Pentagon Suspends Giveaway Program

Monday, June 11th, 2012

I have a new piece at HuffPost on the Pentagon’s suspension of its “1033 Program,” which has been giving away weapons to local police departments for nearly 20 years.

Unfortunately, the suspension isn’t due to a reconsideration of the propriety of the program and its contribution to the militarization of domestic law enforcement, but because too many police agencies haven’t been keeping track of the weapons.

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14 Responses to “Pentagon Suspends Giveaway Program”

  1. #1 |  Mannie | 

    I’m not sure what upsets me more, that the cops are being given the military weapons, or that they are losing them.

  2. #2 |  Jack Dempsey | 

    They aren’t losing them, they are taking them home for private use, sending them to drug dealers, or selling them on the streets.

    Cops don’t lose anything, just like they never EVER tell a lie.

  3. #3 |  Deoxy | 

    Hey, they’ve suspended it, and the reason they did so is a valid one that we types complain about.

    Even if that reason is a bit down on our list of complaints, it’s still a pretty good thing, right?

  4. #4 |  Boyd Durkin | 

    but because too many police agencies haven’t been keeping track of the weapons.

    I just had a thought from underneath my tin foil hat: what if they are purposely “losing” these military-grade, high-powered weapons so that they can justify additional militarization of the state’s fist? “Bad guys now have tanks! All police must acquire a few billion $$ in weapons!”?

  5. #5 |  Pi Guy | 

    “Bad guys now have tanks!”

    That’s why I keep my Bearcat undre the camo net. If they knew what I was planning…

  6. #6 |  Pi Guy | 

    “undre” is the French spelling.

    Man I’ve had a tough time commenting here lately.

  7. #7 |  Other Sean | 

    In my town, with a core population under 500,000, the metro cops have three APC’s with various levels of meathead trim. Two are assigned to a SWAT team that has fewer than 20 members, and the other (presumably less badass) one is used simply for show-of-force purposes.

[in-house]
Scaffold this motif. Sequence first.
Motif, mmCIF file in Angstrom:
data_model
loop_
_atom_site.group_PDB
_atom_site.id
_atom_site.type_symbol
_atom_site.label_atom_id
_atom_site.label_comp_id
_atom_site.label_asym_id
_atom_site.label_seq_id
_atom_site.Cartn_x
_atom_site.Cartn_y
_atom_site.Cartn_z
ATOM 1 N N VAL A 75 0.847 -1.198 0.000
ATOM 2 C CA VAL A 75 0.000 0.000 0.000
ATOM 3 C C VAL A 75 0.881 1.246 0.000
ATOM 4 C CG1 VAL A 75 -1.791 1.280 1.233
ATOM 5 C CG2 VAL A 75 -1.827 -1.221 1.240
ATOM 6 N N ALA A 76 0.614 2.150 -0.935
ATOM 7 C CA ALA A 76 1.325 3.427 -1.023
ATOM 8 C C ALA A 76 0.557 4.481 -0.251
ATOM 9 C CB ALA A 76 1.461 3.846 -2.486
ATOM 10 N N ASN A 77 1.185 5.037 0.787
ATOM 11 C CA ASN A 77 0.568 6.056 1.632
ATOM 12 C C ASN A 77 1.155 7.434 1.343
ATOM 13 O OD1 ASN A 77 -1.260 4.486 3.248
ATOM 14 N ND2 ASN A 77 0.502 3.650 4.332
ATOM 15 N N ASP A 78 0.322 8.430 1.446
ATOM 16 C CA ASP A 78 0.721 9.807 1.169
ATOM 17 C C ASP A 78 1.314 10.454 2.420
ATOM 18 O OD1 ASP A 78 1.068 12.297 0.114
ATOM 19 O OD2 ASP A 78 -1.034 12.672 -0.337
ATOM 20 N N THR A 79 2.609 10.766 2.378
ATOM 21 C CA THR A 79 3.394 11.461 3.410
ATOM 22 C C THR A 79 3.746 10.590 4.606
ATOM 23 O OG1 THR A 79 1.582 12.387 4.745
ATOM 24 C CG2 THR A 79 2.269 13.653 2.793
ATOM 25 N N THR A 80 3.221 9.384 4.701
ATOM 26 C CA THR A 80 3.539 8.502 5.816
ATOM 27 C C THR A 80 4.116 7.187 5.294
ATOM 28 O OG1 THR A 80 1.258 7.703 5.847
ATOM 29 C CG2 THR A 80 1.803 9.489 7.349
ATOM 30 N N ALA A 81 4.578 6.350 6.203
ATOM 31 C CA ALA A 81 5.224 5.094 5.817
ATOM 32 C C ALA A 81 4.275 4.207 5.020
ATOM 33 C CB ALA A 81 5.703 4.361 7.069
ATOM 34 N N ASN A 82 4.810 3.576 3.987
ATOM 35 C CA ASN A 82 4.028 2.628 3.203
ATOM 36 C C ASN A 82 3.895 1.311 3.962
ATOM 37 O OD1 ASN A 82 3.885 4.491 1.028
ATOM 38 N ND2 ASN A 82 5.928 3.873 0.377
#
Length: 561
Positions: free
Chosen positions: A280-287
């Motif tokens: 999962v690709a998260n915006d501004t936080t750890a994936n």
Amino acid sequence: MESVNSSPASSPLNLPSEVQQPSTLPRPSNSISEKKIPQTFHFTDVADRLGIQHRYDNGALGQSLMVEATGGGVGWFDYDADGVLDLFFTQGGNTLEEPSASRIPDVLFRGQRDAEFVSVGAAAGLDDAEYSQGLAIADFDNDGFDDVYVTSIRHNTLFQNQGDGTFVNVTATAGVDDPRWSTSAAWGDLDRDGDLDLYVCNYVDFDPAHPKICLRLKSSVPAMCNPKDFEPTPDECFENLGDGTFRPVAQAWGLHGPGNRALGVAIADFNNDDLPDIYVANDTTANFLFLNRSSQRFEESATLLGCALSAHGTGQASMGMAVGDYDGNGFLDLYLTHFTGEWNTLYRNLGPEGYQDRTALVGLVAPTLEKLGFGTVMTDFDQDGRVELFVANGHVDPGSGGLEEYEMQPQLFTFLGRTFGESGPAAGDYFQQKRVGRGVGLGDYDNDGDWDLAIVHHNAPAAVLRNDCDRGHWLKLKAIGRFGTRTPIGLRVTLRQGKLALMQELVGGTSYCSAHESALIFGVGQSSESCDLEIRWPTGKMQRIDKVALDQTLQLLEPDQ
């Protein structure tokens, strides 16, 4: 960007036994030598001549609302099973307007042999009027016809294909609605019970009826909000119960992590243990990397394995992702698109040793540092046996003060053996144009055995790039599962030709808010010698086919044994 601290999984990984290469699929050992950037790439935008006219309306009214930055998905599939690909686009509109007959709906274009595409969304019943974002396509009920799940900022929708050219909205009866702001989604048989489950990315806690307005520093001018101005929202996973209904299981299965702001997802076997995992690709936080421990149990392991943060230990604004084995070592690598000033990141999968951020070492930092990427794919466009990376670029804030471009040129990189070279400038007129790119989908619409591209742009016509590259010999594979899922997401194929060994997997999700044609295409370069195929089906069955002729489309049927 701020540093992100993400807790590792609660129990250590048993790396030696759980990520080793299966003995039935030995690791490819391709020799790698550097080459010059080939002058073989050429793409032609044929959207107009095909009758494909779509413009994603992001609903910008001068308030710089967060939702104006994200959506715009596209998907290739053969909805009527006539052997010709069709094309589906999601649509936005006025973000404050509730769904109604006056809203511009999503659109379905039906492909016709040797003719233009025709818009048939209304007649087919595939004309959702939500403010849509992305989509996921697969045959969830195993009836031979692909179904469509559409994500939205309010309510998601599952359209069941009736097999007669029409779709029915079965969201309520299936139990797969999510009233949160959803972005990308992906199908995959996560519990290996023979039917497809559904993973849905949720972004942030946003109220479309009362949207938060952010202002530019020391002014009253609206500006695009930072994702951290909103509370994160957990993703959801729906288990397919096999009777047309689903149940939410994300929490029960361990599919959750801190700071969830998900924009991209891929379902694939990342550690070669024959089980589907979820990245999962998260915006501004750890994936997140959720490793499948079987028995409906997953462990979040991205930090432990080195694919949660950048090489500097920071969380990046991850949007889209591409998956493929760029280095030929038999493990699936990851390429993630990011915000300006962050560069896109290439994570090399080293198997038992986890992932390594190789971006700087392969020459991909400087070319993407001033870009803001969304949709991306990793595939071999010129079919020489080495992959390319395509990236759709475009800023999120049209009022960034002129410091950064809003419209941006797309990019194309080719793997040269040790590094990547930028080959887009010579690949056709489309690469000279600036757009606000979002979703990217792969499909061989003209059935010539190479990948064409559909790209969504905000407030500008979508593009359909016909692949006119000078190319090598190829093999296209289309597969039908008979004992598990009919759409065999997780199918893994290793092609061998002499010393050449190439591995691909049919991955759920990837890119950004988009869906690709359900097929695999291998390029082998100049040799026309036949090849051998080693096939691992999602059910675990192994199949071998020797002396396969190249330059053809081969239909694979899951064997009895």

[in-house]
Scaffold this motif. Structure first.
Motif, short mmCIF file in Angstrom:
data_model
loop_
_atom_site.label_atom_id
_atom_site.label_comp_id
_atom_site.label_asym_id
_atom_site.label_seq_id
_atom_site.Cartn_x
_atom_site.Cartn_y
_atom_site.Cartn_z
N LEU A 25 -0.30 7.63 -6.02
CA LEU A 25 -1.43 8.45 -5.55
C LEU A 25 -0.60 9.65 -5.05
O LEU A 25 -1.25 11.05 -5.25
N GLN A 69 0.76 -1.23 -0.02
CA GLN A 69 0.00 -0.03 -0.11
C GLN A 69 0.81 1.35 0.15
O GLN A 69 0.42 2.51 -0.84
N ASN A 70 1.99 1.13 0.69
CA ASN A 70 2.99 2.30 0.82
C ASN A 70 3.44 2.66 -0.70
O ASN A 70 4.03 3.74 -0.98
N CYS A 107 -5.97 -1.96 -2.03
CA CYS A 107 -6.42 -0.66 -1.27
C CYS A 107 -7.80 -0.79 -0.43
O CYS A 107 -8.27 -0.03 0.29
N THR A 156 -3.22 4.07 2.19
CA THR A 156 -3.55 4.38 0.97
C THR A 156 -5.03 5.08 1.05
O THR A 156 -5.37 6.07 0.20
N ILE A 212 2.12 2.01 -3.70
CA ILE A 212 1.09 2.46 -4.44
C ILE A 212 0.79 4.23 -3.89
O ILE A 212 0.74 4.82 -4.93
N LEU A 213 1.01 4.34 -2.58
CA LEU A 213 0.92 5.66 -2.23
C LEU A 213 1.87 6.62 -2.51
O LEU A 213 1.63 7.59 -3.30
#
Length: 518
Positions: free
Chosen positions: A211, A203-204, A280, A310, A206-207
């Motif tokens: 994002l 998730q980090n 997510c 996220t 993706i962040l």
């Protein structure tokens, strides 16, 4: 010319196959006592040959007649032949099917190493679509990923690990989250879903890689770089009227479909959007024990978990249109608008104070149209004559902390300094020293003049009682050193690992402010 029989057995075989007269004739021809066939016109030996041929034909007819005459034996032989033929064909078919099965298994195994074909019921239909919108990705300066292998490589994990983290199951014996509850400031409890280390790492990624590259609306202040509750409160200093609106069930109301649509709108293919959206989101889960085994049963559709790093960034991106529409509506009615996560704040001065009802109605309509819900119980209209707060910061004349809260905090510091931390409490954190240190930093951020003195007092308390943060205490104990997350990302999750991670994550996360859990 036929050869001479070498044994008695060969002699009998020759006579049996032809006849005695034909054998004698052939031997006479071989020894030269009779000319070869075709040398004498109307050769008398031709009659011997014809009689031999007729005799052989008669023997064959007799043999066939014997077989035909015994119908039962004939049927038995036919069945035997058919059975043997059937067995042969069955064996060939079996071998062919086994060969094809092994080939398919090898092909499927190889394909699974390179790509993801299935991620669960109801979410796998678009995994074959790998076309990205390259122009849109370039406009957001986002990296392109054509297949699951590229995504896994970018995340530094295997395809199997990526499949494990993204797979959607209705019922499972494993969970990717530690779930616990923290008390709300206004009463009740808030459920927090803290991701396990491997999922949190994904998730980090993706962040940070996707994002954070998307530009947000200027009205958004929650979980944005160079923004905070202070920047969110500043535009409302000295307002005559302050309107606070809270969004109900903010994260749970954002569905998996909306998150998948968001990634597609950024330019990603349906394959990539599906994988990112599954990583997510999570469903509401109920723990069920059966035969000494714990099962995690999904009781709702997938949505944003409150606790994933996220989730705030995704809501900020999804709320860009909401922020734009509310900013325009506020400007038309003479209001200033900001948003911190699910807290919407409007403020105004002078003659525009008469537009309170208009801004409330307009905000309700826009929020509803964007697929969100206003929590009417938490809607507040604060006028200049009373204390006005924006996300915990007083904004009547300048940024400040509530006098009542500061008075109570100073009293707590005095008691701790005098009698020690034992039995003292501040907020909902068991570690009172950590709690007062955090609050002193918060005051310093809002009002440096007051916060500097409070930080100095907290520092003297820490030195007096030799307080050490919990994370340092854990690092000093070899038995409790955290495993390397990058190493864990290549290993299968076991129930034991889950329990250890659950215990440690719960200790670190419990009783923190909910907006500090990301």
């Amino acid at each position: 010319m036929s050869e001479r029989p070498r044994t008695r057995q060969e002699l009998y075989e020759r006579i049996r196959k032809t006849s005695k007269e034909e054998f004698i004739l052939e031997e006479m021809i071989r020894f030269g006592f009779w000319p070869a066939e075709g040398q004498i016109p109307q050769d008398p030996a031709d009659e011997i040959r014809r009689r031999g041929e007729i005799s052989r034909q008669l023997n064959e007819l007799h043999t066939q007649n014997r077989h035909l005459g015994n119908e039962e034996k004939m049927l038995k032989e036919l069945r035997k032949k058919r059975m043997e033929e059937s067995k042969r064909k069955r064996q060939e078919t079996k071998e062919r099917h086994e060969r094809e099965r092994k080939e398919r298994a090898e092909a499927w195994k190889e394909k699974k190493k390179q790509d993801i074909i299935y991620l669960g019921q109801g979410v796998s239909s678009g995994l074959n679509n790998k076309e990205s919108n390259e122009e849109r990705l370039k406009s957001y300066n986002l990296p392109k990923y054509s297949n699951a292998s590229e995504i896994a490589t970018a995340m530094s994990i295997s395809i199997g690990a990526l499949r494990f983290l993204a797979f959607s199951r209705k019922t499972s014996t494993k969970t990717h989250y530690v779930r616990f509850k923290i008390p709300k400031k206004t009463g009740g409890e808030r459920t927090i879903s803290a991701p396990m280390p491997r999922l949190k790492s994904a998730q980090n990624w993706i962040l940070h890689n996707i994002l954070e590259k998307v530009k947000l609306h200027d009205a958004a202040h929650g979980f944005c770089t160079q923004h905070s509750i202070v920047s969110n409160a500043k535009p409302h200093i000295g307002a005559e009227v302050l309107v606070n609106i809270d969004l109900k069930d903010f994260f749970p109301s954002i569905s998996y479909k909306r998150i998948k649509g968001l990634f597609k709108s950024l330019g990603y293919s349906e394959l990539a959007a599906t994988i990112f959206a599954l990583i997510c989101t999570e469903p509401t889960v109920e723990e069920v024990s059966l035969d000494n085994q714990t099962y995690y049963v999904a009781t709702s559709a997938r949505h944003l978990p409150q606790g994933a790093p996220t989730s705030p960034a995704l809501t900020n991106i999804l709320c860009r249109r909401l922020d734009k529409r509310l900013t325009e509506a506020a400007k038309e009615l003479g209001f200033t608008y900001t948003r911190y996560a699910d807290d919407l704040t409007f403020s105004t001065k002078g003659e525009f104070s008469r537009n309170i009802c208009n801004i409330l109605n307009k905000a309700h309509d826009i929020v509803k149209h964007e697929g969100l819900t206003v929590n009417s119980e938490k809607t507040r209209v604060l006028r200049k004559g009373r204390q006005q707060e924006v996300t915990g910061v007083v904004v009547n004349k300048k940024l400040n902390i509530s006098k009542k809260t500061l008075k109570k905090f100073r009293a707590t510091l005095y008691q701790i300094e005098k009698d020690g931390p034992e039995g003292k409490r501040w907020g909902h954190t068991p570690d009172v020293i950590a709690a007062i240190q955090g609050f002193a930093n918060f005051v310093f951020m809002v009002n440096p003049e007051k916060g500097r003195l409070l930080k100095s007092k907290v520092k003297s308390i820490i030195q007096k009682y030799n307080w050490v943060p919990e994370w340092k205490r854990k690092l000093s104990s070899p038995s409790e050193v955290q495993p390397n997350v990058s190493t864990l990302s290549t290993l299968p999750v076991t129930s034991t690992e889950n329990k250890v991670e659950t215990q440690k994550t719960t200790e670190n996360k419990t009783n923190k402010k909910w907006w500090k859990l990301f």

Seriously. They just take it to different places and park it there as a token deterrent, like some Maginot Line fortress in the war against street crime.

    You just know that one day, some kid who eats a lot of yogurt is gonna climb in and take that sucker for a joy ride.

  8. #8 |  el coronado | 

    I still can’t make myself believe that SOME PD *some*where couldn’t make use of the goddam flamethrowers & anti-personnel mines. How can they possibly expected to deal with the wildfire onslaught of uppitty, camera-happy citizenry if they don’t have the proper firepower?

    “I said no pictures, prole…..or BURN!!”
    “Keep off the grass, proles….or DIE!!”

    By God, THAT’d bring back respect for the badge! They take an _oath_ after all, you know.

  9. #9 |  Dante | 

    So, the military is suspending the program to arm police officers like soldiers?

    I wonder if the FBI’s crime statistics (released today) showing yet another drop in violent crime has anything to do with it? I mean, you can’t exactly argue the need for police to have a bazooka and a tank and a flame-thrower when all people are doing is smoking pot and jaywalking, can you?

    http://www.wtop.com/289/2898285/FBI-violent-crime-down-for-fifth-straight-year

  10. #10 |  MH | 

    This sentence sounded odd/dubious: “A .50 caliber bullet is powerful enough to cut through several city blocks, and any buildings that may be in its way.”

    I understand the .50 is a powerful round, which does indeed make it risky for police to be using in civilian populated areas. But the sentence as read makes it sound like a round can go through dozens of buildings, as you would expect to find in “several city blocks.” Several commenters on Huffpo also questioned this.

  11. #11 |  SJE | 

    The “fast and furious” program criticized because they couldnt track weapons, which ultimately ended being used for illegal purposes. ’bout time the Pentagon realized the same was happening with its program.

  12. #12 |  SJE | 

    A .50 will travel with high accuracy for well over a mile and is a guaranteed kill if it hits. It will do serious damage to cars, buildings, and can penetrate metal plate. It will not go through a double brick wall.

  13. #13 |  Deoxy | 

    But the sentence as read makes it sound like a round can go through dozens of buildings, as you would expect to find in “several city blocks.”

    It does sound odd, but it really depends on what it hits. Don’t know if they’re still around, but “The Box of Truth” (or somesuch) used to post pics and videos of different calibers being put through different tests in their Box.

    A .50 cal went through… uh, 20ish? don’t remember, but a LOT of pieces of drywall, then it punched a hole in a brick wall (that they had constructed behind)… that was the end of it (IIRC), as the bullet was found in the hole (but the hole was still all the way through – it had chattered the brick it hit).

    So yeah, depending on what it hit (windows and interiors walls, primarily), a .50 cal could indeed punch through several buildings with ease.

  14. #14 |  Blaze Miskulin | 

    @ Deoxy

    So yeah, depending on what it hit (windows and interiors walls, primarily), a .50 cal could indeed punch through several buildings with ease.

    That’s why I’m building my house out of watermelons.
    http://www.youtube.com/watch?v=8KcaDYsAudo

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